Lawsuits are beginning to mount against Illinois companies that use a cancer-causing chemical recently found to be more dangerous than thought.
Jeanne Hochhalter has had breast cancer and a miscarriage. She said both are due to living near the Sterigenics facility in suburban Willowbrook.
“I’ve been through chemo, I’ve had my body mutilated,” she said during a news conference last month. “It’s impacted every single part of my life and they knew.”
She and more than 30 others have filed lawsuits against Sterigenics seeking damages over ethylene oxide emissions.
A DuPage County court approved a consent order on Friday that would allow Sterigenics, which has been closed since February, to eventually re-open, ending all litigation against the company without penalties or accepting of blame.
House Minority Leader Jim Durkin subsequently filed a bill that would allow home-rule municipalities the ability to ban ethylene oxide emissions in their town.
Four more lawsuits were filed in Cook County Circuit Court late last month but not against Sterigenics, rather against chemical producer Vantage and industrial medical sterilizer Medline who both operate facilities in Lake County.
“Our complaint alleges that there was ongoing and significant exposure in this area and that people are suffering negative health results because of it,” said Christopher Dore, partner at Edelson PC and plaintiff lawyer in the cases.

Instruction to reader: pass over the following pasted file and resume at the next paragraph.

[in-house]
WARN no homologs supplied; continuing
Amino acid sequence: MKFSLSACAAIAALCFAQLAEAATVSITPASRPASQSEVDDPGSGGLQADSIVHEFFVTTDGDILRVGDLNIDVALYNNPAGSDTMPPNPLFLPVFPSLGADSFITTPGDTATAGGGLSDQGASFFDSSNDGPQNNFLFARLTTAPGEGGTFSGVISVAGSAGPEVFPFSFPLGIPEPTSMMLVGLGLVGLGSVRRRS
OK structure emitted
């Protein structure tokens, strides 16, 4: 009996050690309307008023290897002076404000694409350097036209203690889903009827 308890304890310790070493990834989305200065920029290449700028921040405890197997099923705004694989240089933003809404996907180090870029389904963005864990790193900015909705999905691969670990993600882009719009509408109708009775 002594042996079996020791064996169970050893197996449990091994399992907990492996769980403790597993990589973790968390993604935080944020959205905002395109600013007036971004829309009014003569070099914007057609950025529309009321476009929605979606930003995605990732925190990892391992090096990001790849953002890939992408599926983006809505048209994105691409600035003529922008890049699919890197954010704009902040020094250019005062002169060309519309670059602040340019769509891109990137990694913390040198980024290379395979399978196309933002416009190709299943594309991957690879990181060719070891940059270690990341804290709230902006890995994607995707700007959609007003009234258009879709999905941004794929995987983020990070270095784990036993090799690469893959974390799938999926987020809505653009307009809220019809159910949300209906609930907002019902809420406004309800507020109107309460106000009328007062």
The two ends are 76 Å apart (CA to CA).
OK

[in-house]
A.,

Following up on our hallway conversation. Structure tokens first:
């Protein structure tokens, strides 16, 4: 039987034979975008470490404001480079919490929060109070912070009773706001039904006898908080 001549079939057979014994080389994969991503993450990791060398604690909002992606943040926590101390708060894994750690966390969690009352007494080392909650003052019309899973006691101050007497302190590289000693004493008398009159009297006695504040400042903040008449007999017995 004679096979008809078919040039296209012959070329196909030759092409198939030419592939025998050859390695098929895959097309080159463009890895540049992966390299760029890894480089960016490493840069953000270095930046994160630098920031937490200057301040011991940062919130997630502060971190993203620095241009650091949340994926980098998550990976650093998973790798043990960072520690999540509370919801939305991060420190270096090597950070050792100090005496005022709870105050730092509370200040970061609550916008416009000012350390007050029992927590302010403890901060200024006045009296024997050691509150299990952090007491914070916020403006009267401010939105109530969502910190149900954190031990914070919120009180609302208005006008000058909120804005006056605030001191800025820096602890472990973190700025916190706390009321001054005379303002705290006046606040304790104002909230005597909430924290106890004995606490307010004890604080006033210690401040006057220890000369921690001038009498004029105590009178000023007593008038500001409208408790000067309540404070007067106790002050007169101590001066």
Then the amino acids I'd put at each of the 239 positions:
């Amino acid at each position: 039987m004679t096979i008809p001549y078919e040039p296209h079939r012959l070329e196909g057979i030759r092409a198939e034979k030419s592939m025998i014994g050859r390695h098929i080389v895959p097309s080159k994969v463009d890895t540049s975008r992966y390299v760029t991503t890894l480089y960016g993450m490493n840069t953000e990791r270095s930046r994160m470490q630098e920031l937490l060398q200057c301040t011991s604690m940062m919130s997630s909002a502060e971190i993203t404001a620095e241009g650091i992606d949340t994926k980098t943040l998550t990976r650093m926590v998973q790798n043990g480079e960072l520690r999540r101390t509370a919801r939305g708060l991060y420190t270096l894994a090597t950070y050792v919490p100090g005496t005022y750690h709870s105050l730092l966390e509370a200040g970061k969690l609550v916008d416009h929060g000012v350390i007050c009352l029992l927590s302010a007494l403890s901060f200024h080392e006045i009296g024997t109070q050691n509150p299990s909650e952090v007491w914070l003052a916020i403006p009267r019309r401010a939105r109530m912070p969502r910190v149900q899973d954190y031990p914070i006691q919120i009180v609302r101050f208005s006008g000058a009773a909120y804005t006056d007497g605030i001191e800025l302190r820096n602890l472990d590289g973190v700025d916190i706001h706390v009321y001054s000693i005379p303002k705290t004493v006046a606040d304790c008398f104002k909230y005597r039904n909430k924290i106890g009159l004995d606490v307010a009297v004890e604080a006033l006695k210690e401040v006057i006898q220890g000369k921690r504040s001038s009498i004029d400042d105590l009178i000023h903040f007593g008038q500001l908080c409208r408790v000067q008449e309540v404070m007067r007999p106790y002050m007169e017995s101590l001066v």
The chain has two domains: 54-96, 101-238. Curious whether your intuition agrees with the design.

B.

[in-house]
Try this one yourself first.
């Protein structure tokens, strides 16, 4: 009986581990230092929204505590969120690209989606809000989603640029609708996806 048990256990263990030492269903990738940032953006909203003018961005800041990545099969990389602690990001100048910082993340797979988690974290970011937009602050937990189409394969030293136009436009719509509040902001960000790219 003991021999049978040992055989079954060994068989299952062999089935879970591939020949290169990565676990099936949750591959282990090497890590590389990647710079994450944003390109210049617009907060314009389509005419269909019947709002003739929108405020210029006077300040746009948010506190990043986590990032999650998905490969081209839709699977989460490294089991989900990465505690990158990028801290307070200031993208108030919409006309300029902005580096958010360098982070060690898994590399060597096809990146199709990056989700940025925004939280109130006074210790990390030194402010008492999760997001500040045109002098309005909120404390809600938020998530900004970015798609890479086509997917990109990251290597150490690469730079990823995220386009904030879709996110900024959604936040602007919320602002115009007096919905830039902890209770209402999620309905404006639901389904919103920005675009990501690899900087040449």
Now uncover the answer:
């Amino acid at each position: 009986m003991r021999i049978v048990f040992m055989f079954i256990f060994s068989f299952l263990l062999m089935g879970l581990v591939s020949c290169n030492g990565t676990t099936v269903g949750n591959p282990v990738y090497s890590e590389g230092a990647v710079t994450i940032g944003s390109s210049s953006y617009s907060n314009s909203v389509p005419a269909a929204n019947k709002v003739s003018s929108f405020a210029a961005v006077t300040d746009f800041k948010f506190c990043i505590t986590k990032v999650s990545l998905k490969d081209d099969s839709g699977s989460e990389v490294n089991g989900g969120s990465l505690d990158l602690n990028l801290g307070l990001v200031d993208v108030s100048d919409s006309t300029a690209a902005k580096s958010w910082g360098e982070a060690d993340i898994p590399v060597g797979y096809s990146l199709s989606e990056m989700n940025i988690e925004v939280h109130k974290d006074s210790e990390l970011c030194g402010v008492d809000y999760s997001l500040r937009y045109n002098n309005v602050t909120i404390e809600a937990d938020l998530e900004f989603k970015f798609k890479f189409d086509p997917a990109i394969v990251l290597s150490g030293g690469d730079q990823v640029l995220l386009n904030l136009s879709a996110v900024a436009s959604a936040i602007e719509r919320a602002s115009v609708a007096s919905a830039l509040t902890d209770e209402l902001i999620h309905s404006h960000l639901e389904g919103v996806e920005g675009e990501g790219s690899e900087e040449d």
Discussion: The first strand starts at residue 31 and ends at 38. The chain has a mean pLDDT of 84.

Self-reported statistics from the two companies show the combined release of ethylene oxide reached up to 13,000 pounds per year, according to the complaints.
Medline denied wrongdoing.
“Our most important priority is always the health and well-being of our employees, their families and our communities,” the company said in a statement. “We have always operated in compliance with all laws and regulations, have always operated at or below our permitted levels, and plan to defend any suits vigorously.”
Vantage responded Monday. It also denied wrongdoing.
“Not only do we work in Gurnee, but many of us call this area home. We are indeed saddened to learn of the reported illnesses,” Vantage’s Site Leader Drew Richardson said. “Our facility has complied with all relevant regulations set by state and federal agencies, and we are prepared to vigorously dispute that our facility played any role whatsoever in these illnesses.”